Time Trial Helmet Testing

With so many options available on the market, selecting the right time trial helmet can be a tricky decision.

Following the results of a recent online poll, team SSEH have been back in the Wind Tunnel to test 6 different helmets from our Equipment Room in order to highlight the typical differences in power required (to ride at a certain speed) you can expect to see when testing in the Sports Performance Wind Tunnel.

Testing protocol

The tests were performed with 6 different helmets, by two riders, to demonstrate how the rider’s physiology, or position on the bike may affect the results. For reference Rider 1 was 6ft, 0″ and weighs 80kg. Rider 2 was 5ft, 10″ and 71kg.

The speeds selected for the test were 40kph and 50kph, across two yaw angles of 0 and 5 degrees, representative of what a rider may typically encounter when riding or racing in a Time Trial, or Triathlon.

As with the Road Helmet and Skinsuit testing, the riders’ edges were captured during the baseline test, which were then projected in front of them for each subsequent run as a reference point in order to maintain the same position on the bike and ensure the data was accurate and repeatable. A 20 second pedalling tare was also completed prior to each run to account for any relative changes in mass of the riders set up.

Results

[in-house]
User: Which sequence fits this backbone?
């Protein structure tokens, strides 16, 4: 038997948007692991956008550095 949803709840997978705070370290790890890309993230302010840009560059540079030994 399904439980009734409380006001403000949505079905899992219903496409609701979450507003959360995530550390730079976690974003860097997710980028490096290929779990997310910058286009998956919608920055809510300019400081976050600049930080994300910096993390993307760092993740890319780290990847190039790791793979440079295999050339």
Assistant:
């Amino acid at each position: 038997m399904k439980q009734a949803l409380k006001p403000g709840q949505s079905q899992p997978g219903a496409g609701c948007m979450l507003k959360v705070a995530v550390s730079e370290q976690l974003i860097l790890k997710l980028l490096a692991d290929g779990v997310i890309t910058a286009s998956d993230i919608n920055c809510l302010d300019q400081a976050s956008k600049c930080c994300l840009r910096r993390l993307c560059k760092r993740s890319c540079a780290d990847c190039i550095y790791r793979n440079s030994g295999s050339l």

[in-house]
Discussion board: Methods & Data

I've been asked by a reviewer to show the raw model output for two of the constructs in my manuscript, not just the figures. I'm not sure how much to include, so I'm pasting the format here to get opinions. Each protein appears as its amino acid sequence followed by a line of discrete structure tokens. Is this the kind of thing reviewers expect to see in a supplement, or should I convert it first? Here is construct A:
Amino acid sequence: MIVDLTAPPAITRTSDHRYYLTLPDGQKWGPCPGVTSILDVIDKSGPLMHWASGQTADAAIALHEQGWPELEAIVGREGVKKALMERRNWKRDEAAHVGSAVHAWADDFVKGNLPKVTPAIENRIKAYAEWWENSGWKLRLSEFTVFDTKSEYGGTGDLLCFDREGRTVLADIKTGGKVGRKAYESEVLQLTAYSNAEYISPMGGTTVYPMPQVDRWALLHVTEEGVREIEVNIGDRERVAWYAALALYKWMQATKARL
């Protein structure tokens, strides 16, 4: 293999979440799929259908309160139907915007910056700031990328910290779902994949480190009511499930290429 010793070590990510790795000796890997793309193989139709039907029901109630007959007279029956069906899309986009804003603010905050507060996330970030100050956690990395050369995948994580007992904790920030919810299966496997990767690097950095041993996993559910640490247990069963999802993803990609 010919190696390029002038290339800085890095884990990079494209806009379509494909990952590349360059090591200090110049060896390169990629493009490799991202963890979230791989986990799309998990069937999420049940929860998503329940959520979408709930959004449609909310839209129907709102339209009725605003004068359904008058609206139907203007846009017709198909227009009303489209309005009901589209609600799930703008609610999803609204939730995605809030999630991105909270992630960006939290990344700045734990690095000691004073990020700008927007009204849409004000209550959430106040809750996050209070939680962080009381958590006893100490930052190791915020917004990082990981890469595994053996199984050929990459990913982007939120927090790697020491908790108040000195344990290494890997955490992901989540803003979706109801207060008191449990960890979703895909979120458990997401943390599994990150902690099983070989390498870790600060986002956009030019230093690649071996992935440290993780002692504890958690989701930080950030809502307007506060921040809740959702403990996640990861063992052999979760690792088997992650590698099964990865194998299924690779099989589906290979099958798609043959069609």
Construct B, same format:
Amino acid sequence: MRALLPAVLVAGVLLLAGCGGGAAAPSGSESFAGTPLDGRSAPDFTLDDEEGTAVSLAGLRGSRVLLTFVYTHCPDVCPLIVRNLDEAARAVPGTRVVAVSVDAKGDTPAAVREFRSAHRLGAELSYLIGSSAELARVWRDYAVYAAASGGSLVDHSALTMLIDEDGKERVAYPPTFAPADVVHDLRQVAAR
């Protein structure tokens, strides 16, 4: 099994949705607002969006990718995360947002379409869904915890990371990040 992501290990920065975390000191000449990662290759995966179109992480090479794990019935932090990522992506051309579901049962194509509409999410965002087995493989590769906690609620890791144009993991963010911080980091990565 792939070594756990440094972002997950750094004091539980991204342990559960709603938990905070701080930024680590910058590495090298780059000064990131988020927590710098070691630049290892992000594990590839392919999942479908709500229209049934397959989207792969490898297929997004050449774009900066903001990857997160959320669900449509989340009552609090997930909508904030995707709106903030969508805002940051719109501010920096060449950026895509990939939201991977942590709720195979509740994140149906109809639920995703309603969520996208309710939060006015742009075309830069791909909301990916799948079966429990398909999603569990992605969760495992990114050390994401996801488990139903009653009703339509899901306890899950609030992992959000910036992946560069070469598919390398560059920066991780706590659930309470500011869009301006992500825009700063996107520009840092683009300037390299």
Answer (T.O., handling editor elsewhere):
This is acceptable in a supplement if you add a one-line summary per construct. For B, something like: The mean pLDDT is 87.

The full results of each test can be found in the graphs below; however, we have summarised some of the key points below:

Differential (watts required) between slowest and fastest hemet:

  • Rider 1 at 40kph – 14w.
  • Rider 1 at 50kph – 19w.
  • Rider 2 at 40kph – 20w.
  • Rider 2 at 50kph – 19w.

Fastest Helmet:

  • Rider 1 at 40kph – Helmet 1.
  • Rider 1 at 50kph – Helmet 1.
  • Rider 2 at 40kph – Helmet 4.
  • Rider 2 at 50kph – Helmet 4.

Slowest Helmet:

  • Rider 1 at 40kph – Helmet 6.
  • Rider 1 at 50kph – Helmet 6.
  • Rider 2 at 40kph – Helmet 6.
  • Rider 2 at 50kph – Helmet 6.

*The graphs below have been presented in order of Rider 1’s results (from fastest to slowest)

Conclusion

The results show that whilst there were some similarities between the two riders, with both finding Helmet 6 to perform worst throughout testing, and similar overall gains, the order in which the remaining helmets were ranked was very rider specific. An example of this would be Helmet 1, which for Rider 1 was the fastest across both tests, however for Rider 2 ranked 5th fastest at each speed. In a similar fashion, the helmet which was fastest for Rider 2 (Helmet 4), was the 4th fastest overall for Rider 1.

It was also quite interesting to see the relation of yaw to power required between the two riders. Rider 1 was typically faster at 5 degrees, whereas Rider 2 performed better at 0 degrees.

The differential in power required between the slowest and fastest helmet was quite substantial for both riders, particularly for Rider 2 with the potential to gain 20w at 40kph and 19w at the higher speed of 50kph.

In conclusion, the results from the test clearly demonstrate that there are significant gains to be made from selecting the right helmet. However, the results are quite rider specific, dependant the rider’s physiology and position on the bike.

The helmets used for this test, along with a wide variety of other equipment such as road helmets, skinsuits, aero shoe covers/ socks, handlebars and wheels are all available to try in our Equipment Room.

If you would be interested in arranging a session in the Sports Performance Wind Tunnel to optimise your own equipment choices, please refer to the Performance Consultants section of our website for further information – https://silverstonesportshub.co.uk/consultants/